Gaelic Social Dancing at Celtic Classic

Three forms of Gaelic Social Dancing coming to this year’s Celtic Classic. Each one is a lot of fun and great exercise. Get to know each of these forms and meet your neighbors who enjoy these dances throughout the year. Wear comfortable shoes!

Scottish Country Dancing (Saturday Sept 24, 4-6 pm in Jameson Pub Tent)
A Scottish country dance (SCD) is a form of social dance involving groups of mixed couples of dancers tracing progressive patterns according to a predetermined choreography. Country dancing is often considered a type of folk dancing although this is not strictly true because it also has its roots in the courtly dances of the Renaissance.
When it first became popular around the 18th century, it filled the niche that is occupied today by ballroom dances such as the waltz or tango, as a fairly refined form of entertainment. Related dance forms include English country dancing and contra dancing. The connection to styles like ceili dancing, “Old Time” dancing, Irish set dancing, or square dance is more tenuous.
Also, Scottish country dancing should not be confused with Scottish highland dance, which (today) is closer to a sport rather than a social pastime, mainly being danced in competition and displays. There is a certain amount of cross-over in that there are Scottish country dances that include highland elements as well as highland-style performance dances which use formations otherwise seen in country dances, but other than that the styles do not really have a lot in common today.
What it looks like:

On Saturday, September 24th from 4-6pm in the Jameson Pub Tent, near the Highland Field. Live music performed by members of the Delaware Royal Scottish Country Dancers.

Irish Ceili Dancing (KAY-lee) means social gathering or party. (Sunday, September 25 1-3pm in Jameson Pub Tent)

In the early 20th century the Gaelic League, which was formed to encourage an Irish culture free of outside influences, began to promote ceili dancing. Some ceili dances are based on traditional country or round dances; others were composed under the auspices of the league’s Dancing Commission. Ceili dances became particularly popular in the northern part of Irelands. Today, ceili is enjoying a revival of interest world wide.Ceili dances come in a variety of shapes and sizes. In general, dances for couples of trios formed into lines or circles ten to be progressive (the patten of the dance is repeated with a succession of different dancers) and relatively easy for beginners.Ceili dances for squares and four couples are not progressive and are usually more complex. The steps in ceili dancing are simplified relatives of those used in modern step dancing.From 1-2pm, the O’Grady Quinlan Academy of Irish Dance from Bethlehem, PA will host the first hour and focus on teaching the basics of ceili dancing for children.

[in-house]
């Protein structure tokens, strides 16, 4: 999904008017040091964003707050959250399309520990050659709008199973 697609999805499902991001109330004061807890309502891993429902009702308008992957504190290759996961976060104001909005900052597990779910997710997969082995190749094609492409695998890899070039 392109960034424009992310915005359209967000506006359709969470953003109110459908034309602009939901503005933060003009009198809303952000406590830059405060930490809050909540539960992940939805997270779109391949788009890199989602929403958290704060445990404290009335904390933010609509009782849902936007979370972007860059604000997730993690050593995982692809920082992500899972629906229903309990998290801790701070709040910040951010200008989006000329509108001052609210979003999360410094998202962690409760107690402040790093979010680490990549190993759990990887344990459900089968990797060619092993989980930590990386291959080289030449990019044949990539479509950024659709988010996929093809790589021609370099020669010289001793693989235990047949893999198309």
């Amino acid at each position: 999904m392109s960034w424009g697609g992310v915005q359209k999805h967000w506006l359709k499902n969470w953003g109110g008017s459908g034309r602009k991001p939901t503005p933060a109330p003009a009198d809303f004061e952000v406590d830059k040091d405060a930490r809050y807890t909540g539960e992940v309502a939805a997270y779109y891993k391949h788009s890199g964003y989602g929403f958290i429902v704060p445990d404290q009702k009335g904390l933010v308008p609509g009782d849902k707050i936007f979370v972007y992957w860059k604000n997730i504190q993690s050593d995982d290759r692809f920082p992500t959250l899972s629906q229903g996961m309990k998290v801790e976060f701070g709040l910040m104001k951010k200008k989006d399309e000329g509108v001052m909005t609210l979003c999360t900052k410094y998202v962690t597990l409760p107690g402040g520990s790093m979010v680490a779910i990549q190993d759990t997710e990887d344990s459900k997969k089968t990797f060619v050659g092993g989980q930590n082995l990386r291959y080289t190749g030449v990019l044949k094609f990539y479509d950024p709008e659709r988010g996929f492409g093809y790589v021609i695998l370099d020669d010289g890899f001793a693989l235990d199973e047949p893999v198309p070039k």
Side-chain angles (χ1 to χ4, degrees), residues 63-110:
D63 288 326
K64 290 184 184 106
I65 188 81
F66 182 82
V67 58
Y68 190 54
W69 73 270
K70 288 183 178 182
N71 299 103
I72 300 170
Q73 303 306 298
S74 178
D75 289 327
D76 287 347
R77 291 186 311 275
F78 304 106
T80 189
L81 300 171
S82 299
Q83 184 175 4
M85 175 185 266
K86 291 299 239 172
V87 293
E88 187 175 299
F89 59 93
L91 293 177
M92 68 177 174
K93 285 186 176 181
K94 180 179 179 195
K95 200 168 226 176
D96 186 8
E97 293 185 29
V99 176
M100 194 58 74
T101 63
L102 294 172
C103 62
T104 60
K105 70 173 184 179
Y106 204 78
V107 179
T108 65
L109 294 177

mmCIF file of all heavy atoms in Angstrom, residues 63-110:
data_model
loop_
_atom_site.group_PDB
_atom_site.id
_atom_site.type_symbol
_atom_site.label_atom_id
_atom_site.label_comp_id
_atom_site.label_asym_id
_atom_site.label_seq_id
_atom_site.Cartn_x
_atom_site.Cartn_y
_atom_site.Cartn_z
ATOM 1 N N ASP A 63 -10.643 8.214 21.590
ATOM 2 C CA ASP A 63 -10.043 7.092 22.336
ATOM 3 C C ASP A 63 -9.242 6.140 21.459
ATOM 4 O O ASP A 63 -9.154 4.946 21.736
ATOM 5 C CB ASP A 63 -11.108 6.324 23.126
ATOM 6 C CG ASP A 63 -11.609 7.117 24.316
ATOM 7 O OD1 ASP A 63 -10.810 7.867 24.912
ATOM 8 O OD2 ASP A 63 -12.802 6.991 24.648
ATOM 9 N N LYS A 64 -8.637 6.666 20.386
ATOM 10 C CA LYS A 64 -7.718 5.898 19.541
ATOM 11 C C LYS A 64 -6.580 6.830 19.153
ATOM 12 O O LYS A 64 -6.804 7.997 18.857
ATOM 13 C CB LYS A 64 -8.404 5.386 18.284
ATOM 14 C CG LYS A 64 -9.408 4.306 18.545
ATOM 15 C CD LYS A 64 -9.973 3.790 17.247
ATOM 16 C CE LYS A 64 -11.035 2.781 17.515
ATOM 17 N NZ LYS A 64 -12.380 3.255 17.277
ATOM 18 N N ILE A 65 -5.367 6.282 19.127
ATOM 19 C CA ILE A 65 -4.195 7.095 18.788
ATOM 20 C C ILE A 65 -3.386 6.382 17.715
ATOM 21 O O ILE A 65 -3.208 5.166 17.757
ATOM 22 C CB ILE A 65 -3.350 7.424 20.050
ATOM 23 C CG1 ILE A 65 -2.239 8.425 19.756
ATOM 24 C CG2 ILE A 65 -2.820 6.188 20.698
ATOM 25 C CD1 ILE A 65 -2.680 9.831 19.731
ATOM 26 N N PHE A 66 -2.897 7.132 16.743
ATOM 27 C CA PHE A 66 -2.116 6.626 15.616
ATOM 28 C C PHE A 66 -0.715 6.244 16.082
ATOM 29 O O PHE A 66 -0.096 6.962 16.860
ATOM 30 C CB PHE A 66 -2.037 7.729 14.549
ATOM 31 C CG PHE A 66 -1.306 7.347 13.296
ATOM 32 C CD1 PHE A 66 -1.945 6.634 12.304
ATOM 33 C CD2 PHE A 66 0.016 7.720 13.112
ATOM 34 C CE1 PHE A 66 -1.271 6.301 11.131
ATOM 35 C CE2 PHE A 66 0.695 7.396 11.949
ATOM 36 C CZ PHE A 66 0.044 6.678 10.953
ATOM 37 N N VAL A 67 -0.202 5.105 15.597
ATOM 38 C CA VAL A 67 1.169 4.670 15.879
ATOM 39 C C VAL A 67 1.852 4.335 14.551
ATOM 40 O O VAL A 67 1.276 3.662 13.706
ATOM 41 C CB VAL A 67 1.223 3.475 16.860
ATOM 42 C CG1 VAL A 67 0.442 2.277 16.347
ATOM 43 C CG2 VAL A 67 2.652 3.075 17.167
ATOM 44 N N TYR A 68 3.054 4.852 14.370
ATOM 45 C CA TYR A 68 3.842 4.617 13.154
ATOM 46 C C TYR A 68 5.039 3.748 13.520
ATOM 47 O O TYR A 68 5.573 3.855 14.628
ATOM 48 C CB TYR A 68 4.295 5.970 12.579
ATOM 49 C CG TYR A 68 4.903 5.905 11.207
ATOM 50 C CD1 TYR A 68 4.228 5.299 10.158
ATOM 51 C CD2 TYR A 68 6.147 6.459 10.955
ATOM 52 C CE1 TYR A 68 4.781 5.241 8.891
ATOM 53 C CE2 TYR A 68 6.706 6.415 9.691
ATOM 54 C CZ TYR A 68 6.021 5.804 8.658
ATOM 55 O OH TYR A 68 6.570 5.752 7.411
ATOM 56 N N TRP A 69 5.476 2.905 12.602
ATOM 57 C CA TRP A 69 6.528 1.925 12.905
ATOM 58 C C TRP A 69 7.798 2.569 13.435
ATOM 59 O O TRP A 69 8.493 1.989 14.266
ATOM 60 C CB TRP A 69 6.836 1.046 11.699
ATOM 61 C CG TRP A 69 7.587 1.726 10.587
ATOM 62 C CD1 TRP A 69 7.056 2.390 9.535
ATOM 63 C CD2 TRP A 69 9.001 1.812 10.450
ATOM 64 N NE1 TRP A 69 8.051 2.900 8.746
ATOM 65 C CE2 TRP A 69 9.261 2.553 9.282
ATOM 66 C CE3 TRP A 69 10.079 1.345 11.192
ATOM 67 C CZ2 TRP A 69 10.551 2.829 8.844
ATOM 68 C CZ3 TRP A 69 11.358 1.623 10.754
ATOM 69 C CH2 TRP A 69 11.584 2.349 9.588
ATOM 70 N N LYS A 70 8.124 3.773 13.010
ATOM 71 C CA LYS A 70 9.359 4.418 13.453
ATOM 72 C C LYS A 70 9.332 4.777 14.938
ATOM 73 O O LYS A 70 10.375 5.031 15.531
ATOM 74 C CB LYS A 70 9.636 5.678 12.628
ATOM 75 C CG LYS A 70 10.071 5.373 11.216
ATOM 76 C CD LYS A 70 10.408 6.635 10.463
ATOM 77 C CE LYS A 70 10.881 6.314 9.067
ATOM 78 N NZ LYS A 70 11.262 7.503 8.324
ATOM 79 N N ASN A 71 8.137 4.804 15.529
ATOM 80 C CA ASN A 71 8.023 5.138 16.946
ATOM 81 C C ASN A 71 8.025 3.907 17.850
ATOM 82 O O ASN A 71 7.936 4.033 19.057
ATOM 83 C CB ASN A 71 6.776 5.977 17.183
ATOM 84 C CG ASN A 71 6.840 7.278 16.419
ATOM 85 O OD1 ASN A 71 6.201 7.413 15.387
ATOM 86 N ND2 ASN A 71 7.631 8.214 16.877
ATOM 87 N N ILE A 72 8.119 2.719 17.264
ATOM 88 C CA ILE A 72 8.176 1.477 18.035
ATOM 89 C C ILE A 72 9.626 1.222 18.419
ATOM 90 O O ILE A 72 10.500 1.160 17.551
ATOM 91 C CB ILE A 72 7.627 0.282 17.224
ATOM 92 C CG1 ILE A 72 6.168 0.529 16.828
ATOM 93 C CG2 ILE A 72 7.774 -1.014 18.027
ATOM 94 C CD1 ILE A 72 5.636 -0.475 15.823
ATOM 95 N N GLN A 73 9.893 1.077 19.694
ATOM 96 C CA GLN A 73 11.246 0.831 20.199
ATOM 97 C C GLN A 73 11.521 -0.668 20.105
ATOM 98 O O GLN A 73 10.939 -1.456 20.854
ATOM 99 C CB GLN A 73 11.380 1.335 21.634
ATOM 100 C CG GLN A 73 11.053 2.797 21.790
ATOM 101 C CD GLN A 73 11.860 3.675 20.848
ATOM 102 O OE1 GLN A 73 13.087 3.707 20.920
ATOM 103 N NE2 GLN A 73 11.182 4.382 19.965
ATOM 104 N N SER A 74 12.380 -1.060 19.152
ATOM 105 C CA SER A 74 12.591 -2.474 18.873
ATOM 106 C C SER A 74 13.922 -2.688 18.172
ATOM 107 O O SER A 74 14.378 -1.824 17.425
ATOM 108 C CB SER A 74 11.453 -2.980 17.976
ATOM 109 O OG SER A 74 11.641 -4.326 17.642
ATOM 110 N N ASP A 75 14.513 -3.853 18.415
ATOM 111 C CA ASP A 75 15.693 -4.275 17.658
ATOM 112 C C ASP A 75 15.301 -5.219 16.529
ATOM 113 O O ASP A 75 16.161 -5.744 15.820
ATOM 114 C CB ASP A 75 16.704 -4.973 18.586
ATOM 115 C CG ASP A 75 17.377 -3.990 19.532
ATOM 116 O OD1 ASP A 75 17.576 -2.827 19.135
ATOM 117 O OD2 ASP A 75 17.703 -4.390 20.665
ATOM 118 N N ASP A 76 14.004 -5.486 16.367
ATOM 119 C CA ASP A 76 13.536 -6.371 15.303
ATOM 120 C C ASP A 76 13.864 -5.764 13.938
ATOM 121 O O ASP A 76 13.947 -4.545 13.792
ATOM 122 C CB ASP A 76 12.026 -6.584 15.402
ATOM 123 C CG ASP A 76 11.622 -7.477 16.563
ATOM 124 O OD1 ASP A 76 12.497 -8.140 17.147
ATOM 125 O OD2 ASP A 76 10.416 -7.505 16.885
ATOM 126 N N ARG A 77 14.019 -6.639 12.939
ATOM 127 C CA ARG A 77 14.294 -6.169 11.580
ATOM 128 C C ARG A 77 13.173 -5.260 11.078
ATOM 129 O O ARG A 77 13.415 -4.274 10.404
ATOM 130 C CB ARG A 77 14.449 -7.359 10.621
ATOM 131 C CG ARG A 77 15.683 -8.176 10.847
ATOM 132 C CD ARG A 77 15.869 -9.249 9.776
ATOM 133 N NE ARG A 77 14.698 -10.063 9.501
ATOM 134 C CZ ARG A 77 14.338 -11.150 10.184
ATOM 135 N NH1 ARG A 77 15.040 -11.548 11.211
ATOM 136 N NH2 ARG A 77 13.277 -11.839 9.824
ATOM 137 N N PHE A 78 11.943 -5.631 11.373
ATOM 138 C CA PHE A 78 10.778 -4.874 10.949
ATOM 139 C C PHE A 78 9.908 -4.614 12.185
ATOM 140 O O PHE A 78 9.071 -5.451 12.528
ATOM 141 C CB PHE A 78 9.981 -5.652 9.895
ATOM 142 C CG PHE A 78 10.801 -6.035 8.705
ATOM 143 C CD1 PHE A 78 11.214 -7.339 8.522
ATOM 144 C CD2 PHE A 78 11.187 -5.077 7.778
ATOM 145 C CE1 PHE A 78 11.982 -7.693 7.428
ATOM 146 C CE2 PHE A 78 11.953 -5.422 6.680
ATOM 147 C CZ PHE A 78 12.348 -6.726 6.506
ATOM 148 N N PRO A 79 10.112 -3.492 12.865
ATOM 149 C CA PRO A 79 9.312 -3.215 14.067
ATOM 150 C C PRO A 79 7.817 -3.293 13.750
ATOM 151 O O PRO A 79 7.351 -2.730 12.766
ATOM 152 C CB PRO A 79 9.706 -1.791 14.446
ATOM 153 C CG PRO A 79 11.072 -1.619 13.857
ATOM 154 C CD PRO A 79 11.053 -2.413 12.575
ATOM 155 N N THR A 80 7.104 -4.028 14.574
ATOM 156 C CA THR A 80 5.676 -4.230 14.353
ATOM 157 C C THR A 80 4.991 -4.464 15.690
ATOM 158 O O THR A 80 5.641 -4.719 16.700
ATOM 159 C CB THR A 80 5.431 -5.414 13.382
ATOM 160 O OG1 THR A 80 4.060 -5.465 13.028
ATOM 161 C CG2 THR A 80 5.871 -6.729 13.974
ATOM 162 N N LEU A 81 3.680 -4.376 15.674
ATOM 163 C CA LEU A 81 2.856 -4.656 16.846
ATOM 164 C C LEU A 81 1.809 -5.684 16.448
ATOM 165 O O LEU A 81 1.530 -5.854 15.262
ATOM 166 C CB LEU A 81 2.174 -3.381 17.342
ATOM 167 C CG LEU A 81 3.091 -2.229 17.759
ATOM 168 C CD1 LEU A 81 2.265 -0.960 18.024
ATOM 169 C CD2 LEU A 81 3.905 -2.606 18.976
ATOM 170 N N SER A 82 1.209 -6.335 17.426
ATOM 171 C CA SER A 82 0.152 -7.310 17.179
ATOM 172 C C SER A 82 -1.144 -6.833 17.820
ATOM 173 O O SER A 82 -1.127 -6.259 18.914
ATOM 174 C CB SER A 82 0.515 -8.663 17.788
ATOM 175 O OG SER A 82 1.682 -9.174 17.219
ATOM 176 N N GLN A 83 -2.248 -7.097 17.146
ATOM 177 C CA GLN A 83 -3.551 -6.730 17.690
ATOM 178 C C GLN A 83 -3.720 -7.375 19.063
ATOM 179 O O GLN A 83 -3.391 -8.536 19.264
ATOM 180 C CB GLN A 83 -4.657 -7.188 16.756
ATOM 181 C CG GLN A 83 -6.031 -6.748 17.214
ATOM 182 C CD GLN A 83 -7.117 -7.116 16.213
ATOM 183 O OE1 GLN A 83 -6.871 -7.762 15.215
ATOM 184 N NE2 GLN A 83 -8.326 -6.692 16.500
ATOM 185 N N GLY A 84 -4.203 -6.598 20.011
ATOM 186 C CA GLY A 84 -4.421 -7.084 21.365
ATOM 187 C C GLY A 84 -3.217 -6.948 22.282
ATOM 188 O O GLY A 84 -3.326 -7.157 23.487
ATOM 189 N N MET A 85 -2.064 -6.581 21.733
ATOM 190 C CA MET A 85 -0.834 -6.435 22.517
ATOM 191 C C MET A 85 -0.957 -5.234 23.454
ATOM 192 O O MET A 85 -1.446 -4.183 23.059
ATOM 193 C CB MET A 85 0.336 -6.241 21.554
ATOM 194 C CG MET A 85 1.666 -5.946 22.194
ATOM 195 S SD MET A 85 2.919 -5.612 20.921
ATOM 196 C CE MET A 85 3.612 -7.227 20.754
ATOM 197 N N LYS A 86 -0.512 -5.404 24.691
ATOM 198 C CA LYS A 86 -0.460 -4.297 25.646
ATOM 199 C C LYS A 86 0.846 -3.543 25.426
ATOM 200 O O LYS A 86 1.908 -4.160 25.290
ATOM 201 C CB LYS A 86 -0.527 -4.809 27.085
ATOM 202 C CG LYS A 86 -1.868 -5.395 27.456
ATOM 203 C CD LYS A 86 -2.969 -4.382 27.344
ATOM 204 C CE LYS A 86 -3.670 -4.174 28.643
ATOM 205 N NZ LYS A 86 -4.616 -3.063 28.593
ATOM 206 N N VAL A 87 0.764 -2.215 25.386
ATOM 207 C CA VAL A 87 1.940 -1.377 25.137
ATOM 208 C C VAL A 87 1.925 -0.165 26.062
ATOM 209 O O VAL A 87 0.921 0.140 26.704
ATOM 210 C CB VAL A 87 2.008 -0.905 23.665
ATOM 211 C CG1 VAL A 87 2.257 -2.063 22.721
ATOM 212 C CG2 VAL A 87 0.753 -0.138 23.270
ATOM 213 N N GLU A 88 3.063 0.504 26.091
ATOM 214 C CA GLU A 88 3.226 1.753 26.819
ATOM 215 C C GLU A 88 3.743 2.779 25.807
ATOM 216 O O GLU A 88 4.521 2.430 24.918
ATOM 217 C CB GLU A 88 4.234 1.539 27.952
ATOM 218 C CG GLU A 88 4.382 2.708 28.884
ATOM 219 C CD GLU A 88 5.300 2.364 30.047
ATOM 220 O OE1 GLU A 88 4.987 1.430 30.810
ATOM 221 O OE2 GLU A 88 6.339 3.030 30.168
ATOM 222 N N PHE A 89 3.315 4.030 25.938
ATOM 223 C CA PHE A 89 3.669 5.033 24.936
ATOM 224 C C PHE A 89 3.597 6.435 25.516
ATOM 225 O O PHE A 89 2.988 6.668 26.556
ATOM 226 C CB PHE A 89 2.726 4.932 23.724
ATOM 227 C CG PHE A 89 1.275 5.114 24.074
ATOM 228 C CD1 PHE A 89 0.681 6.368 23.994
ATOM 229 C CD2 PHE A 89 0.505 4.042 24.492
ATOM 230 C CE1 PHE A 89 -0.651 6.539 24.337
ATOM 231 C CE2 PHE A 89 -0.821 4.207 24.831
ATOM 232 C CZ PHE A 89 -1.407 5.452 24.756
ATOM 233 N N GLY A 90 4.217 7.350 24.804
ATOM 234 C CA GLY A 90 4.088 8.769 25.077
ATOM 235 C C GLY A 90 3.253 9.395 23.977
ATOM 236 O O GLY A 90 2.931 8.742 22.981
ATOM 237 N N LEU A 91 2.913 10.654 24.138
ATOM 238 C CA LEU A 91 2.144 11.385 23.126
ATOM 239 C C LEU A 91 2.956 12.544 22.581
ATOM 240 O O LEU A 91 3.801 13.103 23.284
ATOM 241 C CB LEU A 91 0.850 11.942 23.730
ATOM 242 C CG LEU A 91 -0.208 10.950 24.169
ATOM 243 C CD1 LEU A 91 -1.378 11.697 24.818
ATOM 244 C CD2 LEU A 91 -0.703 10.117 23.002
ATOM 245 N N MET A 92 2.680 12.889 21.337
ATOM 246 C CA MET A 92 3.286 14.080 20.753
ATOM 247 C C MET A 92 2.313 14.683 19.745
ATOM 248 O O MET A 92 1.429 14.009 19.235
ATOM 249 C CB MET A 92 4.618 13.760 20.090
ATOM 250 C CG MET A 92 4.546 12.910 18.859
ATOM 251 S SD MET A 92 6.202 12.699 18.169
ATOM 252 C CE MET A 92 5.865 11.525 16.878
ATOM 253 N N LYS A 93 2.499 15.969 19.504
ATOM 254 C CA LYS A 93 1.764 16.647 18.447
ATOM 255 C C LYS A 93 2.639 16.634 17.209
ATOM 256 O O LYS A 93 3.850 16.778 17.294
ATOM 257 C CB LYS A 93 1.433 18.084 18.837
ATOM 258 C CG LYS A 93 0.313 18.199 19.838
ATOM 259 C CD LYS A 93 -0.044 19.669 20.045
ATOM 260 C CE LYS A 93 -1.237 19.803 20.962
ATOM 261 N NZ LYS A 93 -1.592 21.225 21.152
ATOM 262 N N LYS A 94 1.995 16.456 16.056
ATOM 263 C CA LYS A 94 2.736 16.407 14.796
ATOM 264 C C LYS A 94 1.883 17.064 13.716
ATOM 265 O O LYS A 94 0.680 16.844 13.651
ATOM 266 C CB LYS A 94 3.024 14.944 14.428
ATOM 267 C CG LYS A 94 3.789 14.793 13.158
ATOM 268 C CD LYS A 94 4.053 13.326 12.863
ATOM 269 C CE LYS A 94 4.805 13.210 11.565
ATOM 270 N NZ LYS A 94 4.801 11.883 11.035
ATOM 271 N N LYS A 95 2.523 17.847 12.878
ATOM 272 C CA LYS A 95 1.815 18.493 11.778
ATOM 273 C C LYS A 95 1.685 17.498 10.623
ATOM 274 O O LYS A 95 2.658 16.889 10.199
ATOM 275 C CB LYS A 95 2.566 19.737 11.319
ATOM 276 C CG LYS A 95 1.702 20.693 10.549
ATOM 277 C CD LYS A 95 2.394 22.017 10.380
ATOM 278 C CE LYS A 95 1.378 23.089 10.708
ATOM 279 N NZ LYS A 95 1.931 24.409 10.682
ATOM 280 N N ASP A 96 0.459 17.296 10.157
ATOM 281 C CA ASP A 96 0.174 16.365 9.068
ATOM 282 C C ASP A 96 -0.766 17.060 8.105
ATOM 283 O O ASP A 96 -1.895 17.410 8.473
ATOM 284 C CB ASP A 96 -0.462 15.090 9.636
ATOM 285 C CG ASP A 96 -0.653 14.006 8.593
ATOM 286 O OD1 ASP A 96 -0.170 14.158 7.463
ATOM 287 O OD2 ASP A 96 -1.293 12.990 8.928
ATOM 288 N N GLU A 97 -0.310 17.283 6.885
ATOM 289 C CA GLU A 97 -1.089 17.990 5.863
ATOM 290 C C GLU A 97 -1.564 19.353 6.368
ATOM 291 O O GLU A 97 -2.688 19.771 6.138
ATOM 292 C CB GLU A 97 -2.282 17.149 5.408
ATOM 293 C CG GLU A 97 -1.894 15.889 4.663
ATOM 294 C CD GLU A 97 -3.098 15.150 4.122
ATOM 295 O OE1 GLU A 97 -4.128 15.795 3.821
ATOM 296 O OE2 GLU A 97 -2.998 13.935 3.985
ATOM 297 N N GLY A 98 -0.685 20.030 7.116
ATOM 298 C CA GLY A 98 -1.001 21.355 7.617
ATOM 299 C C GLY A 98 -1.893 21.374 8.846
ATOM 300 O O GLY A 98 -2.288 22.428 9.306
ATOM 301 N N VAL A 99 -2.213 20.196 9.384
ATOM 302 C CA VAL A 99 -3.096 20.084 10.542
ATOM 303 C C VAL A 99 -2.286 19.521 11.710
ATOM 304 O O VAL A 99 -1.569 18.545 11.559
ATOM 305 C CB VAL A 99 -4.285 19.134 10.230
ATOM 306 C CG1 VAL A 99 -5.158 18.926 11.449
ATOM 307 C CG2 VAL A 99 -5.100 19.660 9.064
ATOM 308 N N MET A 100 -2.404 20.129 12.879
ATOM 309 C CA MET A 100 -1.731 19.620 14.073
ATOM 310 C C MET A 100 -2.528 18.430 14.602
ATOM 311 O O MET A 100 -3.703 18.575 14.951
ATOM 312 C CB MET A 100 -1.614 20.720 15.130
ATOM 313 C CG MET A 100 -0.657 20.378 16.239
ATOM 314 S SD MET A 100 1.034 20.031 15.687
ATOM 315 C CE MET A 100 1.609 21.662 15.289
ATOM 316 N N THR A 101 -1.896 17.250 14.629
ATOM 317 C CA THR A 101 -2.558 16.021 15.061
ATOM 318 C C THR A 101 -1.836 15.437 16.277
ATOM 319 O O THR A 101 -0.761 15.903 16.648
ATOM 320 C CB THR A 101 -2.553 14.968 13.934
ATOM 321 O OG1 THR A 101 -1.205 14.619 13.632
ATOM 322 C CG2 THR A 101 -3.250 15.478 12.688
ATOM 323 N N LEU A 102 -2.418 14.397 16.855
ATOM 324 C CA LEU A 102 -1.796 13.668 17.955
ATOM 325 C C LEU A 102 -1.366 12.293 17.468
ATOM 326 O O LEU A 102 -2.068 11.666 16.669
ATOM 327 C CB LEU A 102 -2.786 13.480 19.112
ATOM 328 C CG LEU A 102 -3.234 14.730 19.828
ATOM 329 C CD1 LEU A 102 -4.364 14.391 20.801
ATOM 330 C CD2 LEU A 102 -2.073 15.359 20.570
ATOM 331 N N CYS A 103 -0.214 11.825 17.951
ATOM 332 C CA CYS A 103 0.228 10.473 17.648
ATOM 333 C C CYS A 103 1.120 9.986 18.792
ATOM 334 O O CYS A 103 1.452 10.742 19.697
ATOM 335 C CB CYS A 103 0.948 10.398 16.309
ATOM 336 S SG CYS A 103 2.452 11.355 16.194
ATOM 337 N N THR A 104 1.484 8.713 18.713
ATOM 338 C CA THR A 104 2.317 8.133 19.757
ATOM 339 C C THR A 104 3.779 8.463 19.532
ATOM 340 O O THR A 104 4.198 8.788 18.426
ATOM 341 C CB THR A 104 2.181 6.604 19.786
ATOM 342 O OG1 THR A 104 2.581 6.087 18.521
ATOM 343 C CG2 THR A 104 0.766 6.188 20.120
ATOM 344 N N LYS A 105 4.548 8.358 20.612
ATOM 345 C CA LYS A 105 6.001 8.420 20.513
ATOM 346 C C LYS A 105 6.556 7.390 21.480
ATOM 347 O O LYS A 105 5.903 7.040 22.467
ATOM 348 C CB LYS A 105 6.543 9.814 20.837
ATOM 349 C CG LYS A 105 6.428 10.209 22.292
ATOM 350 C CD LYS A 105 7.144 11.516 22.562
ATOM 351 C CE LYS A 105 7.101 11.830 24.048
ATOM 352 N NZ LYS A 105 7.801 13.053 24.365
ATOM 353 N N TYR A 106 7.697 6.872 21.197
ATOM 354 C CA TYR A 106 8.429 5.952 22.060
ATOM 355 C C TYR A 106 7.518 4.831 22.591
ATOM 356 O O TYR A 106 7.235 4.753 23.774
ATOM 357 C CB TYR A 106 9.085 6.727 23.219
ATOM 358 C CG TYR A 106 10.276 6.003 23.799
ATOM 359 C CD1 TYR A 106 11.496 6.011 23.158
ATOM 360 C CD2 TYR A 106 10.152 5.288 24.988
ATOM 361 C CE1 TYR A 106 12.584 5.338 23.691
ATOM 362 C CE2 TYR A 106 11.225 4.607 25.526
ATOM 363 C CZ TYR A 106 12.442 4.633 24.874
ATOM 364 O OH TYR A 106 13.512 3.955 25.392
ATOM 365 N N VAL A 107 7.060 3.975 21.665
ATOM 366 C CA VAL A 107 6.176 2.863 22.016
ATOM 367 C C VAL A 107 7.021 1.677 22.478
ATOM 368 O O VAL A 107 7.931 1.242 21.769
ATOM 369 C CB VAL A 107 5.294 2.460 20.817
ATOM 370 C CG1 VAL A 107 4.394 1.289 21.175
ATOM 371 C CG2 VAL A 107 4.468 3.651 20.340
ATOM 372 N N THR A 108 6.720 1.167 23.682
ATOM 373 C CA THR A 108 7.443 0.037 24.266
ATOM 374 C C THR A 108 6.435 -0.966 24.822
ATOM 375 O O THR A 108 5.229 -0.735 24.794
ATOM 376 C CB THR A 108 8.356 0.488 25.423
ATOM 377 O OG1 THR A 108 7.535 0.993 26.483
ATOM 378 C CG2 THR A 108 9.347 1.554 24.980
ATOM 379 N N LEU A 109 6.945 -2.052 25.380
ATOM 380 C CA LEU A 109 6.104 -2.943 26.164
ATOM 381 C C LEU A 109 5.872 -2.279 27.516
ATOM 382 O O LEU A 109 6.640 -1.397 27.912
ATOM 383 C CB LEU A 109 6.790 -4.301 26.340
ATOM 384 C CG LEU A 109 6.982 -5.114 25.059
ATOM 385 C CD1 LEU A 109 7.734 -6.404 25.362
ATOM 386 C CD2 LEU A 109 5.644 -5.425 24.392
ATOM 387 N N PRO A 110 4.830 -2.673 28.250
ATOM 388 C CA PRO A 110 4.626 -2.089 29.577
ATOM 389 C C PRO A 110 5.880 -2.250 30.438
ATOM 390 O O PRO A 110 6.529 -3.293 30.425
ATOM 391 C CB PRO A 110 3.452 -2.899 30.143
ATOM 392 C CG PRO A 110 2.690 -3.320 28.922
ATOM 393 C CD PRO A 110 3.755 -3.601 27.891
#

From 2-3pm, The West End Ceili Dancers from Gilbert, PA under the direction of Jean and Mike Cunningham will host the second hour for teens and adults. The Cunningham’s are excited to teach ceili favorites including the Seige of Ennis, Haymaker’s Jig, Gay Gordons and the Bonfire Dance to name a few. All dances will be “called” so it is the perfect opportunity for newcomer to come and learn this style of Irish Dance.

What it looks like:

Alison and Tom Gillespie will be playing for both of the ceili sessions.

Contra Dancing (Sunday, September 25th 3:30-5:30 in Jameson Pub Tent)
Contra dances were fashionable in the United States until the early to mid-19th century, when they were supplanted in popularity by square dances and couple dances (such as the waltz and polka). By the late 19th century, square dances too had fallen out of favor, except in rural areas. In the 1930s and 1940s, contra dances appear to have been done only in small towns in widely scattered parts of northeastern North America, such as Ohio, the Maritime provinces of Canada, and particularly northern New England.
In the 1970s, new dances featured symmetrical dancing by all couples. Double progression dances, added to the aerobic nature of the dances. “Becket” formation was introduced, with partners next to each other in the line instead of opposite.
Gender-free contra dancing started in the 1970s, a.k.a group contra dancing without gender roles. Gender-free philosophy can be used almost anywhere conventional traditional dances are currently being held. It is useful for community dances where “keeping on the correct side” is difficult because of a large gender imbalance, for children’s dances and for groups who want to add a little variety and a creative learning experience to their traditional dance venue.
What it looks like:

From 3:30-5:30pm on Sunday, Sept 25th, Valley Contra Dance will present a session for all to learn and sharing the floor in the Jameson Pub Tent. Live music by Matthew Burke and the Gooseberries.